Esophageal Cancer Associated with a Right Aortic Arch
Karam Yatribi*, Abdelmalik Mouzount, Tayeb Kebdani and Noureddine Benjaafar
Department of Radiotherapy, National Institute of Oncology, Mohammed V University, Rabat, Morocco
- *Corresponding Author:
- Karam Yatribi
Department of Radiotherapy
National Institute of Oncology
Mohammed V University, Rabat- Morocco
Tel: +212 664072582
Received date: June 22, 2017; Accepted date: August 12, 2017; Published date: August 18, 31, 2017
Citation: Yatribi K, Mouzount A, Kebdani T, Benjaafar N (2017) Esophageal Cancer Associated with a Right Aortic Arch. Arch Can Res. Vol.5 No.3:147. doi:10.21767/2254-6081.1000147
A 52-year-old woman presented at our department for
progressive dysphagia for almost 1 year, with food vomiting.
An esophagoscopy showed a polypoidal mass, 25 cm from the
incisors, in the middle third of the esophagus. Biopsy
confirmed the presence of a squamous cell carcinoma shown
in Figure 1.
Figure 1: Panel A: A CT scan (axial plane) of the chest showing a right aortic arch (red arrow) and an esophageal
cancer (white arrow).
Computed tomography showed an ulcerative tumor in the
esophageal wall, measuring 50 mm × 23 mm × 73 mm, 8 cm
from the cardia with intimate contact with the trachea, the
keel and the left pulmonary artery (Panel A) shown in Figure 2.
Figure 2: Panel B: Computed tomography (coronal plane) revealing a right aortic arch (white arrow).
CT revealed also a right aortic arch, classified as an aortic
anomaly of type III-A: A mirror image branching of the normal
left aortic arch, according to Edward’s classification (Panel B).
Type IIIB is the most frequent, followed by Type IIIA. The
classification of aortic anomalies by Edward’s et al. is based on
their theoretical concept of the development of the aortic
arch. Right aortic arch is a rare condition, this congenital
vascular anomaly is thought to occur in approximately ~0.1%
(Range 0.05% to 0.2%) of the population, and it is reported to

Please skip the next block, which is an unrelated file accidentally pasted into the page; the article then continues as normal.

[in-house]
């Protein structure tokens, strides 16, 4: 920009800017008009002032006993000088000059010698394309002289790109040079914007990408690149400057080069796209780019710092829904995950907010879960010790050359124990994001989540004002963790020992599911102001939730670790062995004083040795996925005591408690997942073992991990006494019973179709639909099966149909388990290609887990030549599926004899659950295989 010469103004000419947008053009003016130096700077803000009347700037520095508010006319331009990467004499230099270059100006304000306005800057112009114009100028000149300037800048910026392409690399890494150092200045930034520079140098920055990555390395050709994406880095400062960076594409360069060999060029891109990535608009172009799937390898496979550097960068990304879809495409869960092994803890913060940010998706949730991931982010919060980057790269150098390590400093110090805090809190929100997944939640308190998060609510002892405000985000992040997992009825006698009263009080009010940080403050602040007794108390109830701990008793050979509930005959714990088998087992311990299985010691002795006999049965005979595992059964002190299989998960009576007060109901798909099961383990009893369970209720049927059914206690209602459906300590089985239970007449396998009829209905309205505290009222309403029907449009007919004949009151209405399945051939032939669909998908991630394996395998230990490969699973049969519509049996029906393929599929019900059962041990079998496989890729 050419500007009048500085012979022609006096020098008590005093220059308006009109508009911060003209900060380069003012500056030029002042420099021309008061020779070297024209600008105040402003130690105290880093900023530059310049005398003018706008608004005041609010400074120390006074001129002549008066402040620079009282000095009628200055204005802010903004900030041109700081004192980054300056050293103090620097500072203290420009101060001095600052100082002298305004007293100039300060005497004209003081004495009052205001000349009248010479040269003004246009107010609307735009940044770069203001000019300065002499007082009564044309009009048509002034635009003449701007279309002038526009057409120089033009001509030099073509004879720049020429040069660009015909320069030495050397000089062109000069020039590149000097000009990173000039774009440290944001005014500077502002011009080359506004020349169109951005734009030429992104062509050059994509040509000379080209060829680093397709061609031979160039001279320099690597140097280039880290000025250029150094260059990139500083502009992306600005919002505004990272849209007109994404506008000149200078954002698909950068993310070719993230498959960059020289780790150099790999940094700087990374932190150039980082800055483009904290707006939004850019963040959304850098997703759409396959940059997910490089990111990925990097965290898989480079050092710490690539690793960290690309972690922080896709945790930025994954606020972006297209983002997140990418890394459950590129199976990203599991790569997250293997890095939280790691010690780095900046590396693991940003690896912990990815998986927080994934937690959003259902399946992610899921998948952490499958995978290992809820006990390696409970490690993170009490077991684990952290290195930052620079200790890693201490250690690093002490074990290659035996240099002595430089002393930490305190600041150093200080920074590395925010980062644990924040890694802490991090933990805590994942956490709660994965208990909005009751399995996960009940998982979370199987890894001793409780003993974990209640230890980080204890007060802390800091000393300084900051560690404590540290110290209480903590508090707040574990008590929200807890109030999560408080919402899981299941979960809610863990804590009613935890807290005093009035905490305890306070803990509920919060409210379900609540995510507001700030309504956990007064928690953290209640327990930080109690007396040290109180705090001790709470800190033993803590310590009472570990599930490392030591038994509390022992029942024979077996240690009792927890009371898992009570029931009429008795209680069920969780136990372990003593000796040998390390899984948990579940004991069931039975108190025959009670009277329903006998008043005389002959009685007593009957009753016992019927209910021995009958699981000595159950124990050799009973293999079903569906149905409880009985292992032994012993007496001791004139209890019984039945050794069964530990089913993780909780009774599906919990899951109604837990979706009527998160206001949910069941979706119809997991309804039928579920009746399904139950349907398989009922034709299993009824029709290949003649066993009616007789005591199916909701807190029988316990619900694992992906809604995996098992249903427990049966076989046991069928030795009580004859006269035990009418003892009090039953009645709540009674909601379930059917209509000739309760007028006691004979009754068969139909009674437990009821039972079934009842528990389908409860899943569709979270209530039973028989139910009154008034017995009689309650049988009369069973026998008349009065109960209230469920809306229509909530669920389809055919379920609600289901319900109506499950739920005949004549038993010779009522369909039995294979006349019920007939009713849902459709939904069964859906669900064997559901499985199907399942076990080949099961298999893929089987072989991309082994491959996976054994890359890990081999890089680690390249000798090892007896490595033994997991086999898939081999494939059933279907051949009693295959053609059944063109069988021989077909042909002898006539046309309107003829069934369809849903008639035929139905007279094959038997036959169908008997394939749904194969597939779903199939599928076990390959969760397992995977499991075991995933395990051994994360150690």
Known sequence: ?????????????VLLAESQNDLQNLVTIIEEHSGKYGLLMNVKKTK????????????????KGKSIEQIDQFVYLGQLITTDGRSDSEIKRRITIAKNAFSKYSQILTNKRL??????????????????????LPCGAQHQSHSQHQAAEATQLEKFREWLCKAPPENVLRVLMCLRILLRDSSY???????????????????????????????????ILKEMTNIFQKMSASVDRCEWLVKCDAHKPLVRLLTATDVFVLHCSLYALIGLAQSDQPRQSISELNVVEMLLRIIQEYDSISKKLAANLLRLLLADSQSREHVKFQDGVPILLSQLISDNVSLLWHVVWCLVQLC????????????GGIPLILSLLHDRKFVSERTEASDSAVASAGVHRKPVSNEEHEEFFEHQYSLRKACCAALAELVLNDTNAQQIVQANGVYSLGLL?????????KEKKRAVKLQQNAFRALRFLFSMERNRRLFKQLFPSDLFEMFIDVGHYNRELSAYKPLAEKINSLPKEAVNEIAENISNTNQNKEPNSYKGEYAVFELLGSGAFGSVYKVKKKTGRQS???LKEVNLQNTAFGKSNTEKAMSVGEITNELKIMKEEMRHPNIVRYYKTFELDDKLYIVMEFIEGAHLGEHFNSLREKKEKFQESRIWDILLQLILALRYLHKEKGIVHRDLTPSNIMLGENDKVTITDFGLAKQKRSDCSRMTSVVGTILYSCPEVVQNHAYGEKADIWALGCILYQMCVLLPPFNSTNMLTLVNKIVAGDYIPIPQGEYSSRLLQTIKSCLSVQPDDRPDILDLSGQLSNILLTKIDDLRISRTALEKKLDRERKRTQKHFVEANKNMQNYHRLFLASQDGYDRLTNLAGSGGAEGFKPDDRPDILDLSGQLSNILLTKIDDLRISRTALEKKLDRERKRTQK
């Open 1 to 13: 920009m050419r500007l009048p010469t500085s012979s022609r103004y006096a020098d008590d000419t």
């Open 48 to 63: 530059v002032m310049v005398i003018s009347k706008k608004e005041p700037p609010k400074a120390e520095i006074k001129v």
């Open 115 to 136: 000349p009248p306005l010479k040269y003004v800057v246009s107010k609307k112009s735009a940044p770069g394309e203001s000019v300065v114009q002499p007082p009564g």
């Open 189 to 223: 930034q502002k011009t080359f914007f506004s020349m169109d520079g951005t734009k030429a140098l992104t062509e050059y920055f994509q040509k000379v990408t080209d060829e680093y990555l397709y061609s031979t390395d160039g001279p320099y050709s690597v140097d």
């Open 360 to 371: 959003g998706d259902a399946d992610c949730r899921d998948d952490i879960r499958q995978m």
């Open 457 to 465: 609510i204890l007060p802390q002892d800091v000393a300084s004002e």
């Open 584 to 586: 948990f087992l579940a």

represent from 1% to 2% of congenital diseases of the heart
and aorta. In patients with a right aortic arch, the aorta
surrounds the esophagus and trachea, causing the
compression and deviation of these structures, as well as
deviation of the recurrent laryngeal nerve. This is why great care must be taken when the surgical option is decided. The
main symptom of right aortic arch is dysphagia, due to
compression of the esophagus by the vascular ring created by
the arch. In our case, dysphagia was not noted prior to the
development of the cancer. Esophageal cancer associated with
right aortic arch is very rare, only few cases have been cited in
the literature; the squamous carcinoma cell is the most
common type. The surgical resection in this rare combination
is very rare, but some cases have been reported in the
literature. A right thoracotomy is the most common approach for the resection of the esophageal cancer, but in the presence
of a right aortic arch, we prefer a left thoracotomy. The mean
age was 62 years.
After multidisciplinary board meeting, she benefited from a
jejunotomy tube. An exclusive chemoradiation was provided,
but given the alteration of the general state, important weight
loss (10 Kg in 3 months, her actual weight is 35 kg), and tumor
progression, a palliative radiation was decided (30 Gy, 3Gy per
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